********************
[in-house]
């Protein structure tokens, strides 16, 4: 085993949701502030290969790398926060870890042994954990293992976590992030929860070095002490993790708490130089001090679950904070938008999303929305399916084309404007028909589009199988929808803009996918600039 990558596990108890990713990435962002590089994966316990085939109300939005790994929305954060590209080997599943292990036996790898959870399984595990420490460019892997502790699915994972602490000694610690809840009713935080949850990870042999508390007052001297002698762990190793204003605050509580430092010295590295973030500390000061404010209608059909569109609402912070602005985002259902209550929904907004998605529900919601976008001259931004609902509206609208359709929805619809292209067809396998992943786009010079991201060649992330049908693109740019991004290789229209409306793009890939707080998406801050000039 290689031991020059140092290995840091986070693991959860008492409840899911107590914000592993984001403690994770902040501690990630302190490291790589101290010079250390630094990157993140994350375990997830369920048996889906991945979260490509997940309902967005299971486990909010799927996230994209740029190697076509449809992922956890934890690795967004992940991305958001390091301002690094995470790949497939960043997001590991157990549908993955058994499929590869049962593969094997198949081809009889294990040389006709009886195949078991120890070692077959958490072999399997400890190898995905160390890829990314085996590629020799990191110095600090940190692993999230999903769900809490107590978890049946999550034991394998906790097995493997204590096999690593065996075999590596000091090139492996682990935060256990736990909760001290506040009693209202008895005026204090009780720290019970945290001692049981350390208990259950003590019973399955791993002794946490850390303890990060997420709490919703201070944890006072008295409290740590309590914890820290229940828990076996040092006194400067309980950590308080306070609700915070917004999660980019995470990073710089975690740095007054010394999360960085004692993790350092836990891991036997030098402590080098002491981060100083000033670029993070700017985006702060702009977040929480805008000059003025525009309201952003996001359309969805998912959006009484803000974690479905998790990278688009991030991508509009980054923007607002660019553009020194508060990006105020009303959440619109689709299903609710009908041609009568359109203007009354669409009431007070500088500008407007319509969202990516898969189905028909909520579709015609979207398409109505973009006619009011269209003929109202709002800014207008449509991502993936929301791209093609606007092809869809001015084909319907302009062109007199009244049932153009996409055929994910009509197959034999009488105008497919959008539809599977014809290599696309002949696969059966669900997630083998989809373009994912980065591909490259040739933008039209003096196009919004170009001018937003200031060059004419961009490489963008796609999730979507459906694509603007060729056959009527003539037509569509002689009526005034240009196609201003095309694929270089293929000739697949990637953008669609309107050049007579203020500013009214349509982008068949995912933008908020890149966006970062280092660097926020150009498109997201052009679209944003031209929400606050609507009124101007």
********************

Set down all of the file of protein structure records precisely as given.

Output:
[in-house]
């Protein structure tokens, strides 16, 4: 085993949701502030290969790398926060870890042994954990293992976590992030929860070095002490993790708490130089001090679950904070938008999303929305399916084309404007028909589009199988929808803009996918600039 990558596990108890990713990435962002590089994966316990085939109300939005790994929305954060590209080997599943292990036996790898959870399984595990420490460019892997502790699915994972602490000694610690809840009713935080949850990870042999508390007052001297002698762990190793204003605050509580430092010295590295973030500390000061404010209608059909569109609402912070602005985002259902209550929904907004998605529900919601976008001259931004609902509206609208359709929805619809292209067809396998992943786009010079991201060649992330049908693109740019991004290789229209409306793009890939707080998406801050000039 290689031991020059140092290995840091986070693991959860008492409840899911107590914000592993984001403690994770902040501690990630302190490291790589101290010079250390630094990157993140994350375990997830369920048996889906991945979260490509997940309902967005299971486990909010799927996230994209740029190697076509449809992922956890934890690795967004992940991305958001390091301002690094995470790949497939960043997001590991157990549908993955058994499929590869049962593969094997198949081809009889294990040389006709009886195949078991120890070692077959958490072999399997400890190898995905160390890829990314085996590629020799990191110095600090940190692993999230999903769900809490107590978890049946999550034991394998906790097995493997204590096999690593065996075999590596000091090139492996682990935060256990736990909760001290506040009693209202008895005026204090009780720290019970945290001692049981350390208990259950003590019973399955791993002794946490850390303890990060997420709490919703201070944890006072008295409290740590309590914890820290229940828990076996040092006194400067309980950590308080306070609700915070917004999660980019995470990073710089975690740095007054010394999360960085004692993790350092836990891991036997030098402590080098002491981060100083000033670029993070700017985006702060702009977040929480805008000059003025525009309201952003996001359309969805998912959006009484803000974690479905998790990278688009991030991508509009980054923007607002660019553009020194508060990006105020009303959440619109689709299903609710009908041609009568359109203007009354669409009431007070500088500008407007319509969202990516898969189905028909909520579709015609979207398409109505973009006619009011269209003929109202709002800014207008449509991502993936929301791209093609606007092809869809001015084909319907302009062109007199009244049932153009996409055929994910009509197959034999009488105008497919959008539809599977014809290599696309002949696969059966669900997630083998989809373009994912980065591909490259040739933008039209003096196009919004170009001018937003200031060059004419961009490489963008796609999730979507459906694509603007060729056959009527003539037509569509002689009526005034240009196609201003095309694929270089293929000739697949990637953008669609309107050049007579203020500013009214349509982008068949995912933008908020890149966006970062280092660097926020150009498109997201052009679209944003031209929400606050609507009124101007």